One More Kiss * * * *

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Director: Vadim Jean.
Screenplay: S.A. Halewood.
Starring: Valerie Edmond, Gerard Butler, James Cosmo, Valerie Gogan, Carl Proctor, Danny Nussbaum, Dilys Miller, Ron Guthrie.

Over the course of the next couple of days I’ll be posting a little trilogy of Scottish films that will have, no doubt, passed many people by and are certainly worthy of some more attention. I’ll begin with this 1999 film set in the Scottish borders that although it falls into a particular romantic genre, it dares to do things differently and succeeds admirably.

Sarah Hopson (Valerie Edmond) has been living a successful, high-flying lifestyle in New York but when she finds out that she has a terminal illness, she heads back home to Scotland to prepare for her death. When she arrives, she reacquaints with her childhood sweetheart Sam Murray (Gerard Butler). Sam now runs a restaurant and has since married but Sarah approaches his wife (Valerie Gogan) to ask that she spend time with him before her death – causing everyone some mixed emotions.

The film opens with a lone female, arms aloft, teetering on the edge of a skyscraper. It’s a powerful piece of imagery and an opening scene that sets the tone of this heartfelt tale. This is not a film about death but about life, love and relationships. It explores the mistakes and regrets but also delivers a chance of redemption. It’s in the human relationships that this film finds it’s strength. It’s not just about Sarah and her need to tie up loose ends but it confidently explores the effects on the people around her; she brings both a mixture of pleasure and pain to the other characters. At times she can come across as arrogant and selfish yet she also brings hope and instills a belief in people to live their lives fully. This is a film that wears it’s heart on it’s sleeve and for the most part, the performances are great. It’s interesting watching a young Gerard Butler and Valerie Gogan as his suffering wife is fantastic. James Cosmo is also especially memorable as Sarah’s cantankerous, rough diamond father. However, Valerie Edmond as the lead, looked a little stretched at times which I just couldn’t understand; in some scenes she was absolutely superb and in others she was quite poor. This could be down to her delivery of the dialogue though. I tend to be a little harsh on Scottish performers as sometimes the dialogue isn’t delivered properly. Most Scots have a certain slang nature to their dialect and when you hear words uttered with correct English pronunciation it jars a little. Understandably this has to be the case, so as to appeal to a wider audience but as a Scotsman, it seems out of place. That being said, Edmond still gets the job done and although some of the idiom may lost, the film still retains it’s subtle Scottish humour and delivers moments of highly impressive, realistic drama.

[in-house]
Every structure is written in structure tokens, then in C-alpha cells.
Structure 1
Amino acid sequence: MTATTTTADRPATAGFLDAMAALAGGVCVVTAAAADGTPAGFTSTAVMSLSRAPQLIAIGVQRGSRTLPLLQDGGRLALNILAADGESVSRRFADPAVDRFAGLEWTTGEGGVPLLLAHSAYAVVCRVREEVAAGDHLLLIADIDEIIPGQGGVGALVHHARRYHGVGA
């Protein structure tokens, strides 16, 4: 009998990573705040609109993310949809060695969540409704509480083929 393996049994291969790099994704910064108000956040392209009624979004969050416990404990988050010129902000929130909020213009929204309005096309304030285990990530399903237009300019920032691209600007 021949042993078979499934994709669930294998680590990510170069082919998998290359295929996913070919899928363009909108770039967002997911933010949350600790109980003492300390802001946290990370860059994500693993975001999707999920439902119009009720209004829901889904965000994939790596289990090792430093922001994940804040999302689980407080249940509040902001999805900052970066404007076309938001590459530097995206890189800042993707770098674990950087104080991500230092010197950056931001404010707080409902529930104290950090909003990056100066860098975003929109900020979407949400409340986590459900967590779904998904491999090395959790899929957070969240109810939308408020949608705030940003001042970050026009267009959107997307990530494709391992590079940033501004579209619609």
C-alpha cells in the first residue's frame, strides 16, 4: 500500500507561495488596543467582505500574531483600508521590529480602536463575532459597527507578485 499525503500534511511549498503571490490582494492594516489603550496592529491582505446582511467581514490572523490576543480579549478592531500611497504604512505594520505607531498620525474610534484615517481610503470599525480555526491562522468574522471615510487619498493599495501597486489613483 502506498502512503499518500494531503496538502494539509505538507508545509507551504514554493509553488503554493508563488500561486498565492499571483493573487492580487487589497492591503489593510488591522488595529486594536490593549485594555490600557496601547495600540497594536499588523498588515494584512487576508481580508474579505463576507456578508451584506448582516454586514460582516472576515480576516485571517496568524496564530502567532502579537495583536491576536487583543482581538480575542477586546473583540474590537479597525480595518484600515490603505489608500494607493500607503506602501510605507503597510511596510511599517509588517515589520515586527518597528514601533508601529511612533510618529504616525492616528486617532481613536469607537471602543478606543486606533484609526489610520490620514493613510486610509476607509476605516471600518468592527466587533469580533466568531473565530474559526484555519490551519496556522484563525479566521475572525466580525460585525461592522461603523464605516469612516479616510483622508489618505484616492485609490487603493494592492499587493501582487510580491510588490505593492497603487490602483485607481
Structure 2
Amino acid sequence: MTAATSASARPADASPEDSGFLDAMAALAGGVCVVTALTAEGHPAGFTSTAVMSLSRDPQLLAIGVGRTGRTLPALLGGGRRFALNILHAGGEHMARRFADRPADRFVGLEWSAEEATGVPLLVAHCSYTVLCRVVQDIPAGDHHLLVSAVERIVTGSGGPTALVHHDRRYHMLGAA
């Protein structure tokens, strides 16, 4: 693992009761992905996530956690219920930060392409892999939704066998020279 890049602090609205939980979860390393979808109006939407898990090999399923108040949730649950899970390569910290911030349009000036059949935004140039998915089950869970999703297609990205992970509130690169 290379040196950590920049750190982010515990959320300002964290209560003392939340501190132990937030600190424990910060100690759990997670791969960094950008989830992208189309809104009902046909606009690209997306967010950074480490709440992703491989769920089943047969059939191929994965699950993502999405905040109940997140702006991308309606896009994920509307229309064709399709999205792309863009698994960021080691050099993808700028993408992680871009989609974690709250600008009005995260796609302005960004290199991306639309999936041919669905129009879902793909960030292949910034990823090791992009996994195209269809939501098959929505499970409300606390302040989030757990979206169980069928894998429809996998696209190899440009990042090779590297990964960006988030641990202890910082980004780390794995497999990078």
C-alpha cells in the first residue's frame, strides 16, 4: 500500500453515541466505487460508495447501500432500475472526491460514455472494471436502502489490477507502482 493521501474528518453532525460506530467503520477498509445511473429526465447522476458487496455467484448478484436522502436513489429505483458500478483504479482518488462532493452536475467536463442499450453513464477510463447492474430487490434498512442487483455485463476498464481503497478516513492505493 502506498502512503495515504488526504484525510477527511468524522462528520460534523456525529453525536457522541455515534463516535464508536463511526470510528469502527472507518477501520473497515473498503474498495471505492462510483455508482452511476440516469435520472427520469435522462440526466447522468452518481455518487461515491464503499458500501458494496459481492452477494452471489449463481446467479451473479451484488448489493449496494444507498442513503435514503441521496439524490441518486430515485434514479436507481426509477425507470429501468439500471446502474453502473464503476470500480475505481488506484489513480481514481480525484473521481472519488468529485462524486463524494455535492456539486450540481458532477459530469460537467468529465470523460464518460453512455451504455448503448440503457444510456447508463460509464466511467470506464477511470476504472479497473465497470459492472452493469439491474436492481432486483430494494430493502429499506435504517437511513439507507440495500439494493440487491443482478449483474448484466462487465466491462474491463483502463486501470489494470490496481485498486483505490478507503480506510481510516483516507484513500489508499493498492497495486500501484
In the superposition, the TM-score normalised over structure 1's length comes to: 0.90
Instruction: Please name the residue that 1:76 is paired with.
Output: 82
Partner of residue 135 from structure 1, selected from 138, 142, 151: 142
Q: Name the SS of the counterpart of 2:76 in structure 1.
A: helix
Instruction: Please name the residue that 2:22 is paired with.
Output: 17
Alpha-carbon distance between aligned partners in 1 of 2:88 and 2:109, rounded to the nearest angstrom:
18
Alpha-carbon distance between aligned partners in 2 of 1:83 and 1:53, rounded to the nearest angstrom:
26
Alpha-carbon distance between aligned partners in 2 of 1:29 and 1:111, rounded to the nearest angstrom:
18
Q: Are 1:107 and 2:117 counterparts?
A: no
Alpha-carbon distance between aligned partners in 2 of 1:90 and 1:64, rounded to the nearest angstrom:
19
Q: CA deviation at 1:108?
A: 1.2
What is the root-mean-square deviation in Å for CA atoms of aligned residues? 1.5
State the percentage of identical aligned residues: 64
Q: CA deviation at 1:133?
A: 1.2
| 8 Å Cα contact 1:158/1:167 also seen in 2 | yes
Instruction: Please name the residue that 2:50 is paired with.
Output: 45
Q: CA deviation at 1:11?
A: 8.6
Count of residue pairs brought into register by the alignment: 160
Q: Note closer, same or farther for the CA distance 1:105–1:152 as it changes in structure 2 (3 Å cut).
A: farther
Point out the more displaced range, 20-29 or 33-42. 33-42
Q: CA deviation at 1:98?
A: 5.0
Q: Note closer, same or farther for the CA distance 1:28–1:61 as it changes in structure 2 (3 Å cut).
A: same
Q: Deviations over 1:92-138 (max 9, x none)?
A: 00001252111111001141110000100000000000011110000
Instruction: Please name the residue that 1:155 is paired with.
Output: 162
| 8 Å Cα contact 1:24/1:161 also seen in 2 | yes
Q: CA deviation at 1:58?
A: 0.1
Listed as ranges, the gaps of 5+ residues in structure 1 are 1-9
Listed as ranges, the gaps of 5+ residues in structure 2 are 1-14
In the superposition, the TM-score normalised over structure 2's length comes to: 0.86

Despite some small inconsistencies this is still a beautifully played, poignant and heartfelt life/love story. It’s not normally the type of film I’d be drawn to but I was impressed with it’s execution.

Next up… “Dear Frankie“.

Mark Walker

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14 Responses to “One More Kiss * * * *”

  1. Cool. Scottish film. I just recently saw one myself that I enjoyed (I won’t mention the title as I’ll post a blurb on it next week). Maybe it’s one of yours ;-). Thanks, Mark.

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    • Thanks Michael. This was one that Ruth recommended a while ago. I really enjoyed it and it’s definitely worth a look. I’m not that big on romantic drama’s but this was different. Yeah, I’ll post another tomorrow and again on Saturday. I look forward to yours, maybe it is the same as mine.